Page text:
By Mike Tony, Charleston Gazette-Mail
CHARLESTON, W.Va. — Betty Rivard grew up learning from her father, an air pollution regulator, how to read a scale called a Ringelmann chart, used for determining smoke density.
Two years after suffering two heart attacks, Rivard, 76, isn’t looking at the chart’s shades of gray. Instead, she’s checking a color-coded air quality index on her smartphone to learn how much pollution she’s inhaling on a hot August afternoon.
A month ago, Rivard said, she kept having to stop while walking to her home on Charleston’s East End from Appalachian Power Park in a cool breeze she thought ideal for the activity.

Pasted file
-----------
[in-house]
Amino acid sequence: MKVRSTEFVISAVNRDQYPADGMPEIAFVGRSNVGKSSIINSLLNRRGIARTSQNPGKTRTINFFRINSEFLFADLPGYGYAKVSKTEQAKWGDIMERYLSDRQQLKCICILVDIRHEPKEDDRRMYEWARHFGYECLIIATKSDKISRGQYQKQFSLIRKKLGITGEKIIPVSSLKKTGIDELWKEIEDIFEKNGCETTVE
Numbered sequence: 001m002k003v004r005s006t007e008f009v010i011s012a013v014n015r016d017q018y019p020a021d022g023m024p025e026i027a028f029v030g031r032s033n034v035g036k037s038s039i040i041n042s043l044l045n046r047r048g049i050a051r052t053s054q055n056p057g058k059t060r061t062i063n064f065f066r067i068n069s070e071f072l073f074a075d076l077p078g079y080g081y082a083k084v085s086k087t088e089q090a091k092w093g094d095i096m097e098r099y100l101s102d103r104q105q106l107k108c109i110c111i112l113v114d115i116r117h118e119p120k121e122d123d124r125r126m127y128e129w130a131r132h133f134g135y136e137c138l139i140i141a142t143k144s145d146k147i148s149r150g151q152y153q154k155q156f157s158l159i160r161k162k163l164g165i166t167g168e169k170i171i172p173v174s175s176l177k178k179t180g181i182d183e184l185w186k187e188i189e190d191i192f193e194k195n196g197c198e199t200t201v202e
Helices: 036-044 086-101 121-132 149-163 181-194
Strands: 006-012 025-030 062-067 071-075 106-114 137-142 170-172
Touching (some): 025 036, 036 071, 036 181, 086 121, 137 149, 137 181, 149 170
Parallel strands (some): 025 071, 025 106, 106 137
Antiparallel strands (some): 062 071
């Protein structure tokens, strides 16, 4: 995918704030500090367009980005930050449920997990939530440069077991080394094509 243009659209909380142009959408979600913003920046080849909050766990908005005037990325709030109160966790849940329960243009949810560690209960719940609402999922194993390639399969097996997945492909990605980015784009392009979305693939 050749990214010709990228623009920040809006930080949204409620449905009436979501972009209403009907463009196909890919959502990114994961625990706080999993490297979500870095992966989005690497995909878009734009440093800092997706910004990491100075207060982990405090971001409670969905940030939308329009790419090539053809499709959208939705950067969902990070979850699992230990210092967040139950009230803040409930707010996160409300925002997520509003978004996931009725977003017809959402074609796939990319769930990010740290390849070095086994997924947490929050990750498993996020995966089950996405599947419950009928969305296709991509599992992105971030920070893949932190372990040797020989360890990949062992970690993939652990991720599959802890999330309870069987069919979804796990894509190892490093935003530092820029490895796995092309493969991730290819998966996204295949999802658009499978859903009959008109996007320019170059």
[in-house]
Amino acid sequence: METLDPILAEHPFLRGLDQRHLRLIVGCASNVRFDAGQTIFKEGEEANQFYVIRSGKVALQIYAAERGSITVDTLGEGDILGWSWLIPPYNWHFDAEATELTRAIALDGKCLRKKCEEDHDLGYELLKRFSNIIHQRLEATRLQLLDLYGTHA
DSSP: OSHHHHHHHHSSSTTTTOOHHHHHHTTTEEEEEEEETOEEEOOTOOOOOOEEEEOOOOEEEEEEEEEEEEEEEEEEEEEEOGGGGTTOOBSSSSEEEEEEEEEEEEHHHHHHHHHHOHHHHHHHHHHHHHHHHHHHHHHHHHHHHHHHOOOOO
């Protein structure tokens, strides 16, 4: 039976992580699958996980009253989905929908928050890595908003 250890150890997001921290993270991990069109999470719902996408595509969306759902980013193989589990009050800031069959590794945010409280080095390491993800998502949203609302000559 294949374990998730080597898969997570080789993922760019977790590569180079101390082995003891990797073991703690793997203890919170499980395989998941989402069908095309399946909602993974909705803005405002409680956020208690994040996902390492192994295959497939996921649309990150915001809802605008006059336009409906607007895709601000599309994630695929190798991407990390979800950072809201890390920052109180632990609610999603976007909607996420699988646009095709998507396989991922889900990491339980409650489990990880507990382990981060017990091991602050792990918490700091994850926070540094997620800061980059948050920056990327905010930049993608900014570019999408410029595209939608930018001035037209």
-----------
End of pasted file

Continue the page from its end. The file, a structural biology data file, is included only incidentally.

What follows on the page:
“I realized it had to have something to do with the air,” said Rivard, a retired social worker and West Virginia Department of Health and Human Resources planner.
A few days later, Rivard’s smartphone received a high-risk air quality warning alert stemming from increasingly intense wildfires scorching millions of acres in the western United States…
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